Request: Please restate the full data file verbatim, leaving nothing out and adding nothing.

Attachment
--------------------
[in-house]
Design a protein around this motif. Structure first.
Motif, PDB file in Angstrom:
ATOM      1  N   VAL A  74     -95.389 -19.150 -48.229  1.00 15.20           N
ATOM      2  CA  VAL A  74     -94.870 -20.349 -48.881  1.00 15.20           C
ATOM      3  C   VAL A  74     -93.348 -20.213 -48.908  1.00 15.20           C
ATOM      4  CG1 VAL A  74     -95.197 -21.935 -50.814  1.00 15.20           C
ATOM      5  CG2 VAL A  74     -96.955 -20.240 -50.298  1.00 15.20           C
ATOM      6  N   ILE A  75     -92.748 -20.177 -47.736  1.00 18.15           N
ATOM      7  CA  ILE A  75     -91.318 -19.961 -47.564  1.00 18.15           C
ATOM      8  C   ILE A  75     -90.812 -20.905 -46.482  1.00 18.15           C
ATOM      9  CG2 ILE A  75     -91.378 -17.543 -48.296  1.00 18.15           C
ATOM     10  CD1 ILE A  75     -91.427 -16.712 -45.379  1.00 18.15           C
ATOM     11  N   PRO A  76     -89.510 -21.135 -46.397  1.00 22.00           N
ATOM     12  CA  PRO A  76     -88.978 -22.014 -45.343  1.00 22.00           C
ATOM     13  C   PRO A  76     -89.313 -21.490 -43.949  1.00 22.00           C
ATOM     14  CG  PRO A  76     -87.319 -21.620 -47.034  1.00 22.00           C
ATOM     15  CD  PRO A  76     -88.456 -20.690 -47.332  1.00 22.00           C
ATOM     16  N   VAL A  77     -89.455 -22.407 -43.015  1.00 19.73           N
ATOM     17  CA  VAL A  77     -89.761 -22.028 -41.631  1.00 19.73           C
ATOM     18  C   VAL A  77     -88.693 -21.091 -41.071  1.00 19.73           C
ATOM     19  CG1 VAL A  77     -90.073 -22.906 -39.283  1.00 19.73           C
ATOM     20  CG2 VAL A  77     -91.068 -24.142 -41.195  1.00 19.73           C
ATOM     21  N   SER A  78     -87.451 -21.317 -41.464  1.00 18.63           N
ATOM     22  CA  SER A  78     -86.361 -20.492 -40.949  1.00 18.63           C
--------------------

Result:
[in-house]
Design a protein around this motif. Structure first.
Motif, PDB file in Angstrom:
ATOM      1  N   VAL A  74     -95.389 -19.150 -48.229  1.00 15.20           N
ATOM      2  CA  VAL A  74     -94.870 -20.349 -48.881  1.00 15.20           C
ATOM      3  C   VAL A  74     -93.348 -20.213 -48.908  1.00 15.20           C
ATOM      4  CG1 VAL A  74     -95.197 -21.935 -50.814  1.00 15.20           C
ATOM      5  CG2 VAL A  74     -96.955 -20.240 -50.298  1.00 15.20           C
ATOM      6  N   ILE A  75     -92.748 -20.177 -47.736  1.00 18.15           N
ATOM      7  CA  ILE A  75     -91.318 -19.961 -47.564  1.00 18.15           C
ATOM      8  C   ILE A  75     -90.812 -20.905 -46.482  1.00 18.15           C
ATOM      9  CG2 ILE A  75     -91.378 -17.543 -48.296  1.00 18.15           C
ATOM     10  CD1 ILE A  75     -91.427 -16.712 -45.379  1.00 18.15           C
ATOM     11  N   PRO A  76     -89.510 -21.135 -46.397  1.00 22.00           N
ATOM     12  CA  PRO A  76     -88.978 -22.014 -45.343  1.00 22.00           C
ATOM     13  C   PRO A  76     -89.313 -21.490 -43.949  1.00 22.00           C
ATOM     14  CG  PRO A  76     -87.319 -21.620 -47.034  1.00 22.00           C
ATOM     15  CD  PRO A  76     -88.456 -20.690 -47.332  1.00 22.00           C
ATOM     16  N   VAL A  77     -89.455 -22.407 -43.015  1.00 19.73           N
ATOM     17  CA  VAL A  77     -89.761 -22.028 -41.631  1.00 19.73           C
ATOM     18  C   VAL A  77     -88.693 -21.091 -41.071  1.00 19.73           C
ATOM     19  CG1 VAL A  77     -90.073 -22.906 -39.283  1.00 19.73           C
ATOM     20  CG2 VAL A  77     -91.068 -24.142 -41.195  1.00 19.73           C
ATOM     21  N   SER A  78     -87.451 -21.317 -41.464  1.00 18.63           N
ATOM     22  CA  SER A  78     -86.361 -20.492 -40.949  1.00 18.63           C